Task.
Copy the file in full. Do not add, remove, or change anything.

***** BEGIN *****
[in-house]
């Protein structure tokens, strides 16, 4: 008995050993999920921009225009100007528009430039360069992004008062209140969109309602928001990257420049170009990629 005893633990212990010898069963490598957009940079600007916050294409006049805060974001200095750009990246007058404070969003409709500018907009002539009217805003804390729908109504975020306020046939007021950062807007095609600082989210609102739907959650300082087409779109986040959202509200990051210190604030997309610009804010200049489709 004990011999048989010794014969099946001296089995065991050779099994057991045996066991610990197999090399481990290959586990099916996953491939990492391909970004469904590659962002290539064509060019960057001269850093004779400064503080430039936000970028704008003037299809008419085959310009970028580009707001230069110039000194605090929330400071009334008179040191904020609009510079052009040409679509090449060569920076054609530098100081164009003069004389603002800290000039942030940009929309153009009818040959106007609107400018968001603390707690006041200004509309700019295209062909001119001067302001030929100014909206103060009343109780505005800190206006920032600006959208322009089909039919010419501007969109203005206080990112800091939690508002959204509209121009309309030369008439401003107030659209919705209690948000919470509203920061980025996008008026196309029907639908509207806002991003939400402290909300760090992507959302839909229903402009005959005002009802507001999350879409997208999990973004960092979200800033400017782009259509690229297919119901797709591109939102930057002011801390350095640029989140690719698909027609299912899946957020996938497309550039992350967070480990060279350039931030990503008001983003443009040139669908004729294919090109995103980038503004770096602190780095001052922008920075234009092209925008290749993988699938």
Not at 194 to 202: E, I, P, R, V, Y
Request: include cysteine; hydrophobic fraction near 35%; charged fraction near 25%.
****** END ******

[in-house]
């Protein structure tokens, strides 16, 4: 008995050993999920921009225009100007528009430039360069992004008062209140969109309602928001990257420049170009990629 005893633990212990010898069963490598957009940079600007916050294409006049805060974001200095750009990246007058404070969003409709500018907009002539009217805003804390729908109504975020306020046939007021950062807007095609600082989210609102739907959650300082087409779109986040959202509200990051210190604030997309610009804010200049489709 004990011999048989010794014969099946001296089995065991050779099994057991045996066991610990197999090399481990290959586990099916996953491939990492391909970004469904590659962002290539064509060019960057001269850093004779400064503080430039936000970028704008003037299809008419085959310009970028580009707001230069110039000194605090929330400071009334008179040191904020609009510079052009040409679509090449060569920076054609530098100081164009003069004389603002800290000039942030940009929309153009009818040959106007609107400018968001603390707690006041200004509309700019295209062909001119001067302001030929100014909206103060009343109780505005800190206006920032600006959208322009089909039919010419501007969109203005206080990112800091939690508002959204509209121009309309030369008439401003107030659209919705209690948000919470509203920061980025996008008026196309029907639908509207806002991003939400402290909300760090992507959302839909229903402009005959005002009802507001999350879409997208999990973004960092979200800033400017782009259509690229297919119901797709591109939102930057002011801390350095640029989140690719698909027609299912899946957020996938497309550039992350967070480990060279350039931030990503008001983003443009040139669908004729294919090109995103980038503004770096602190780095001052922008920075234009092209925008290749993988699938």
Not at 194 to 202: E, I, P, R, V, Y
Request: include cysteine; hydrophobic fraction near 35%; charged fraction near 25%.